DALLAS TheStreet) -- Bankruptcy has reshaped the airline business so dramatically that today, despite historically high fuel prices and a slowing economy, only AMR Corp. ( AMR - Get Report), the parent company of American Airlines, is viewed as a potential bankruptcy candidate.

Still, it is not at all clear that American will seek bankruptcy protection. In fact, American is the only major network carrier that has never filed, its CEO is morally opposed to the concept and it's easy to make the case that American is addressing its financial problems.

However, applying the Altman Z-Score, a formula developed by New York University professor Edward Altman in 1968, puts American at the top of the list of potenital industry bankruptcy candidates. In fact, according to the Altman Z-Score formula, each of the nine largest U.S. airlines remains a bankruptcy candidate, despite all the improvements in the industry.

The Altman Z-Score measures several aspects of a company's financial health to forecast the probability of it going bankrupt. Since its inception, the formula has been 72% accurate in predicting corporate bankruptcies two years prior to the filing.

On a general basis, companies with a Z-Score higher than 3 are considered safe, while those with a score of 1.8 or lower are considered distressed. Anything in between is a gray area. Using Edgar Online's I-Metrix, TheStreet found that all nine of the largest U.S. airlines have a score below 3, and four of the nine are residing in the danger zone, with a score lower than 1.

The Z-score compiles four or five common business ratios, weighted by coefficients, which were selected by identifying companies that previously sought Chapter 7 bankruptcy protection. The ratios include working capital/total assets; retained earnings/total assets; earnings before interest and taxes/total assets; market value/book value of total liabilities and sales/total assets.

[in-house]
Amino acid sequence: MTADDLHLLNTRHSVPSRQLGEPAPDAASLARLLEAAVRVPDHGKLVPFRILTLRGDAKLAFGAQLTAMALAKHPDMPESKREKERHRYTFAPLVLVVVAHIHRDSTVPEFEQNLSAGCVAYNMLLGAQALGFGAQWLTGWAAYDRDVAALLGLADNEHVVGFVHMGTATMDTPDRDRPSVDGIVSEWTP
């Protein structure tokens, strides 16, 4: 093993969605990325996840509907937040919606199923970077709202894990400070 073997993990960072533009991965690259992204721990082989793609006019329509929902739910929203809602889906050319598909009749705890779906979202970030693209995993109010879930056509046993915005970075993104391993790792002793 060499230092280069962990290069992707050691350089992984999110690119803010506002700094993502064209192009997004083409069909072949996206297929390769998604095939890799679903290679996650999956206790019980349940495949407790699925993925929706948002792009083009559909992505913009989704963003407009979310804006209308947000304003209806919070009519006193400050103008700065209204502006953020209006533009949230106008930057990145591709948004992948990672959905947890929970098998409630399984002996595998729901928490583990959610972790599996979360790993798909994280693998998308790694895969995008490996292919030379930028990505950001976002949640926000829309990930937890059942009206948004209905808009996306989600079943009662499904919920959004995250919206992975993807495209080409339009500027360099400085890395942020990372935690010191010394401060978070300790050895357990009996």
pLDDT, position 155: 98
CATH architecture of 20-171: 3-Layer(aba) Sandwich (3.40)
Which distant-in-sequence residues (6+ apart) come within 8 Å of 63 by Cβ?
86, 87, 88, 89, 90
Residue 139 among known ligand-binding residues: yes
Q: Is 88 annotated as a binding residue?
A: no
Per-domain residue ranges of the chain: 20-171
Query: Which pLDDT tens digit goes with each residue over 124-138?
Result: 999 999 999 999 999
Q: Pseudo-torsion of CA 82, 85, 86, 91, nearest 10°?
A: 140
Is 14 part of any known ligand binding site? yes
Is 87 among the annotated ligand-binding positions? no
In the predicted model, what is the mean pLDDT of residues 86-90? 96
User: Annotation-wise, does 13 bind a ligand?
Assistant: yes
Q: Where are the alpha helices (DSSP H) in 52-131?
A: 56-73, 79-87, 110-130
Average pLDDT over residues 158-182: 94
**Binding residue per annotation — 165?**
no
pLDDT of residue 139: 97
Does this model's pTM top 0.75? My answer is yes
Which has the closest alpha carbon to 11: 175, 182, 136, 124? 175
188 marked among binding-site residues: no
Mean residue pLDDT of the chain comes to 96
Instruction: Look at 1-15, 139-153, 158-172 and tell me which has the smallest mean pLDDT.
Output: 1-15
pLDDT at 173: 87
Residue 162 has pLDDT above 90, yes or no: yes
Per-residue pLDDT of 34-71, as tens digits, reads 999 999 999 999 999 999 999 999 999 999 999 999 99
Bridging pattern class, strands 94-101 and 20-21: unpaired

While the formula isn't the only indicator of the financial health -- and is by no means a guaranteed barometer of a company's bankruptcy risk -- it may be a metric worth considering for those airlines that fall below the safety zone. Those whose Z-Score is declining year-over-year may also raise a red flag.

It's always interesting to speculate on the possibility of bankruptcies in the airline business. In the past decade, the speculation proved accurate as four major carriers filed.

Today, though, the combination of restructuring, reduced capacity and the implementation of fees, which have added billions of dollars in new annual revenue, has transformed U.S. airlines from a basket case of an industry into one that seems capable of profitably surviving an economic slowdown, even in the face of historically high fuel prices.

At a recent investor conference, Delta ( DAL - Get Report) President Ed Bastian declared that the airline industry has remade itself. "We believe that we truly are in remarkable times in the airline industry from both a financial and investment perspective," Bastian said.

"Usually, when someone tells you that this time is different, it's a good time to hold your wallet," Bastian added. "But we really believe that this time is different."